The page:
The 24-year old, who was a walk on at South Carolina at 21-years old after being drafted by the Pittsburgh Pirates in 2012, finished his three-year career with 100 receptions, 1,281 yards and three touchdowns.

Standing at 6-foot-3, Hurst will be a nice addition to the TE corps with Nick Boyle and third-round draft pick Mark Andrews. 

Fellow first-round pick Lamar Jackson signed his rookie contract on June 5th.

Training camp kicks off for the Ravens July 19th. 

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Ravens experimenting with getting Joe Flacco and Lamar Jackson on field at same time

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Ravens experimenting with getting Joe Flacco and Lamar Jackson on field at same time

Since drafting Lamar Jackson, the Ravens have made it clear that Joe Flacco is their starter. That doesn't mean they're not experimenting with having them both on the field at the same time, however. 

During this week's minicamp, the team has been lining Jackson up at multiple positions. 

"Gosh, I sure like him out there helping us," coach John Harbaugh said of Jackson during Tuesday's minicamp, via ESPN.com.

"If you put two quarterbacks on the field at once, what options does it create for our offense? That's what we're trying to figure out."

While at Louisville, Jackson rushed for 4,132 yards and 50 touchdowns in three seasons. That's more rushing yards than No. 2 overall pick Saquon Barkley. That unique skill set could be the creative options the Ravens are looking for. 

While at the NFL Combine, however, Jackson refused to workout at any other position than QB.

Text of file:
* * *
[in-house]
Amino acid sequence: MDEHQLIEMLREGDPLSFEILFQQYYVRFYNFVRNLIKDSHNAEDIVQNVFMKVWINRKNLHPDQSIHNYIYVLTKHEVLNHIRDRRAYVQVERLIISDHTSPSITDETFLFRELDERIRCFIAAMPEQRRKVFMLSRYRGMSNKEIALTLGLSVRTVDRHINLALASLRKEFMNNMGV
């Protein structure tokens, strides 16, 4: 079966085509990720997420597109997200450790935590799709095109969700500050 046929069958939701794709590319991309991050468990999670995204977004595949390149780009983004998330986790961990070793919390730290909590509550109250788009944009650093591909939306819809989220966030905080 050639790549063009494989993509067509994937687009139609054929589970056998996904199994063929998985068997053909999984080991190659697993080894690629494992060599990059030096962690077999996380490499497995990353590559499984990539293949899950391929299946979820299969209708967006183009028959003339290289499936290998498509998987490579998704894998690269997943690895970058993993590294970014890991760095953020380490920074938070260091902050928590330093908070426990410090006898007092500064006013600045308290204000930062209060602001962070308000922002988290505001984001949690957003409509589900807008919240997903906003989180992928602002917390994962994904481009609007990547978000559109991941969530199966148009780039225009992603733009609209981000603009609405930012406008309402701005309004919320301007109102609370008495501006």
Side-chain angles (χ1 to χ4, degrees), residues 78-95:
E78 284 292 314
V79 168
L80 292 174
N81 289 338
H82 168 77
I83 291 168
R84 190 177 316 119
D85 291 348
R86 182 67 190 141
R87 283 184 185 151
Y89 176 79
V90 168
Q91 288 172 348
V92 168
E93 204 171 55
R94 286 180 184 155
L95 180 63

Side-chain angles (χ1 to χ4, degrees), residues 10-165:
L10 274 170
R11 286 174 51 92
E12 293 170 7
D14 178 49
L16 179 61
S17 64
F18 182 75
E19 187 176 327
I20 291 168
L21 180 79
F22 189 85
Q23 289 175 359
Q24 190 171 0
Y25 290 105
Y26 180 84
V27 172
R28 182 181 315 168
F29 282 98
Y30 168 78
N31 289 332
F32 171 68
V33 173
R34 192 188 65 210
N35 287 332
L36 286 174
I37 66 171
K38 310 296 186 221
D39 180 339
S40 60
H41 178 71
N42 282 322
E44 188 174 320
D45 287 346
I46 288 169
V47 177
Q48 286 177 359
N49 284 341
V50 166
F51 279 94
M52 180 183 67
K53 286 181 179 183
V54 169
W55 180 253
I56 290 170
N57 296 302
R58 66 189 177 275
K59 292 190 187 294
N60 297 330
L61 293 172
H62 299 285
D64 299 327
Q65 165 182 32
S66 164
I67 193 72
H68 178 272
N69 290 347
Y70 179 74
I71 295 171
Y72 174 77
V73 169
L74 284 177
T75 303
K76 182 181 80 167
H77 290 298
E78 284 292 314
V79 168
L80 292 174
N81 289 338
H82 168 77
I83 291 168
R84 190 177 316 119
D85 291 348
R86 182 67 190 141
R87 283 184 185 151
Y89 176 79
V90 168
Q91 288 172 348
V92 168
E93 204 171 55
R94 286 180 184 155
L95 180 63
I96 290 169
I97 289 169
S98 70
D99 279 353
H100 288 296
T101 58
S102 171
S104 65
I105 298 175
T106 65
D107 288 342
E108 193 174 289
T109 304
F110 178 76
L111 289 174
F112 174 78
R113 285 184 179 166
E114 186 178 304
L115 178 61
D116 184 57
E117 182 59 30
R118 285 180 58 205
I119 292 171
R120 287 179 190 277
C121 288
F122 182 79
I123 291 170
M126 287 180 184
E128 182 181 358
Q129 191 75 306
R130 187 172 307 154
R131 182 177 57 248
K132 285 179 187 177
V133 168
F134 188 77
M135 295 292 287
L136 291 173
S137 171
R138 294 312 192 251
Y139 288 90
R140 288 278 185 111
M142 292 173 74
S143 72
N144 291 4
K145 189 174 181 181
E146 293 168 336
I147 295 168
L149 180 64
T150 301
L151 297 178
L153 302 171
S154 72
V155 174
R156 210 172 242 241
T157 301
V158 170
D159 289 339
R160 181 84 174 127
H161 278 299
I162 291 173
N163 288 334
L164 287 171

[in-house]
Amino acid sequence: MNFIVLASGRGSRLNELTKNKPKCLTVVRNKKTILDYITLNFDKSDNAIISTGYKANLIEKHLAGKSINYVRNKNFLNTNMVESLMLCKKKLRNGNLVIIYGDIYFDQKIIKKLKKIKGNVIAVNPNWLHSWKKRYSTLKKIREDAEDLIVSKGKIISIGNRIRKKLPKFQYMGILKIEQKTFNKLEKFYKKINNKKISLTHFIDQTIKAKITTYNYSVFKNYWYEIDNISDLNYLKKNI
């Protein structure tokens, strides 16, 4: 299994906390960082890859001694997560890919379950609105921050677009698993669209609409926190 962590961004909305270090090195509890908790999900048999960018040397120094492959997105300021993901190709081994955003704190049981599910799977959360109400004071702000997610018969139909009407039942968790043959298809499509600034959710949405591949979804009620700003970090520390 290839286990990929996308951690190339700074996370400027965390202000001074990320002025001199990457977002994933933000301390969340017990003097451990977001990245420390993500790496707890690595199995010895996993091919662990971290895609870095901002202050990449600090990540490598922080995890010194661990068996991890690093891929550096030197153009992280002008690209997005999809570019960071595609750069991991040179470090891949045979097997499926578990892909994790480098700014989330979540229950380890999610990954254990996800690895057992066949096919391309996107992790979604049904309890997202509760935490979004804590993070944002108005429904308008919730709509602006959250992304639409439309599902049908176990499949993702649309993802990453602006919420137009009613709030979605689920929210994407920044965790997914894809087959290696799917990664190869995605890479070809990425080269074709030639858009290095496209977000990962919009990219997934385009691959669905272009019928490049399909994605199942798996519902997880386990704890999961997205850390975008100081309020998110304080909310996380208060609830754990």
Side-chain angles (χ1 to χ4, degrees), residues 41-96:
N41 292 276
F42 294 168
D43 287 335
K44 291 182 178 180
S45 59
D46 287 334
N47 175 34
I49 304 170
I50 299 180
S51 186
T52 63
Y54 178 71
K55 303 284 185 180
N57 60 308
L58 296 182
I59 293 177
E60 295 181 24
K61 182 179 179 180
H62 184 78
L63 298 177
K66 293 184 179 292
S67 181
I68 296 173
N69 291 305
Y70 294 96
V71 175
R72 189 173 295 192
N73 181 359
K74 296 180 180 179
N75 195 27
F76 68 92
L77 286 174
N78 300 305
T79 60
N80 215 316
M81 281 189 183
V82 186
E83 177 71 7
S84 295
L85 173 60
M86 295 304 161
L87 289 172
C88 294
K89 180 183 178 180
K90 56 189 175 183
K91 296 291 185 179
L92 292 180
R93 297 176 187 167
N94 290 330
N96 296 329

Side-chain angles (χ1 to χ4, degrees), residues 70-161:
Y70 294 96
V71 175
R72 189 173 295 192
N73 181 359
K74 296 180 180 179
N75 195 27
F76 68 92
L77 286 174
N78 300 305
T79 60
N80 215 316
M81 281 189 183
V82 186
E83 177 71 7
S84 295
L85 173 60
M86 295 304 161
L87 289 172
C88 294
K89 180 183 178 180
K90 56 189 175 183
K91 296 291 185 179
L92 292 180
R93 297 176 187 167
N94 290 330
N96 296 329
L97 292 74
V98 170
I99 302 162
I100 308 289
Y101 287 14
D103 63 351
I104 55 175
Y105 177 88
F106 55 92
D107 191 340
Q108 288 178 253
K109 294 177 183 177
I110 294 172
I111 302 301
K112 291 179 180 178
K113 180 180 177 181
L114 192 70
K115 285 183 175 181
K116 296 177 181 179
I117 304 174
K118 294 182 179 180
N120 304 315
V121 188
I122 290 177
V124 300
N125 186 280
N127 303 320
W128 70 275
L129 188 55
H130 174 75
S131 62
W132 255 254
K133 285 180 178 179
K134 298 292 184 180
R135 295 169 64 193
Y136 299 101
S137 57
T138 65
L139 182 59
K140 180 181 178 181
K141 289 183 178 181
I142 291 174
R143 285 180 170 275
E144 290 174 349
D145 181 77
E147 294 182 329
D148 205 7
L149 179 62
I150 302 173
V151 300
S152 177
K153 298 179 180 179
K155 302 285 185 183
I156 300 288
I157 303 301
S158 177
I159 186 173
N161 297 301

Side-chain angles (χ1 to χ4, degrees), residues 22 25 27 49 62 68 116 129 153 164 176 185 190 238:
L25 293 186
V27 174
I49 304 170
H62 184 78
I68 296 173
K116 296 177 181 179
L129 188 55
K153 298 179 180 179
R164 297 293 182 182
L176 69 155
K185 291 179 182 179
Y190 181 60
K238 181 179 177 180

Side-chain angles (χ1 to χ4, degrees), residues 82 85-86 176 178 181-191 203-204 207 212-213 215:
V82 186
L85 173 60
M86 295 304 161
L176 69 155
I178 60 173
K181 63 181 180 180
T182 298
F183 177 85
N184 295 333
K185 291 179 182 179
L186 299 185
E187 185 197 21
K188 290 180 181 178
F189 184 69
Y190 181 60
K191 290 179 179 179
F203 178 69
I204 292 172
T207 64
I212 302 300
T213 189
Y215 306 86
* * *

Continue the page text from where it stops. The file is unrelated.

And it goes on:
"I have a lot of fun seeing what they come up with and what they're going to come up with next," Jackson said. "We'll see where it goes. You have to use your good players."

The Ravens are already viewing Jackson as one of those 'good players.' 

"Once he gets out of the pocket, it's like watching a young Michael Vick," LB C.J. Mosley said after minicamp practice. "It's amazing to watch. When you're defending him, you just have to act like you're tagging off -- you don't want to be on the highlight reel."

Harbaugh has alluded to the fact that the rookie will be active on game days, just exactly how they get the most out of him is what's in play.

"There's a lot of considerations that go into that," Harbaugh said of using two QBs at the once. "Everybody has an opinion. I've read a few. You want to find a way to get the most out of all your guys."

While Flacco isn't the fasted QB in the league, he has shown glimpses of running ability in the past. Figuring out how to utilize Flacco when Jackson is under center is where things will get interesting.

Interesting - as long as it works - is what Ravens fans have been searching for over the last several seasons. 

"Joe has to be able to do other things if [Jackson is] throwing the ball," Harbaugh said. "It gets the creative juices flowing for our offensive coaches, and they've worked hard on that."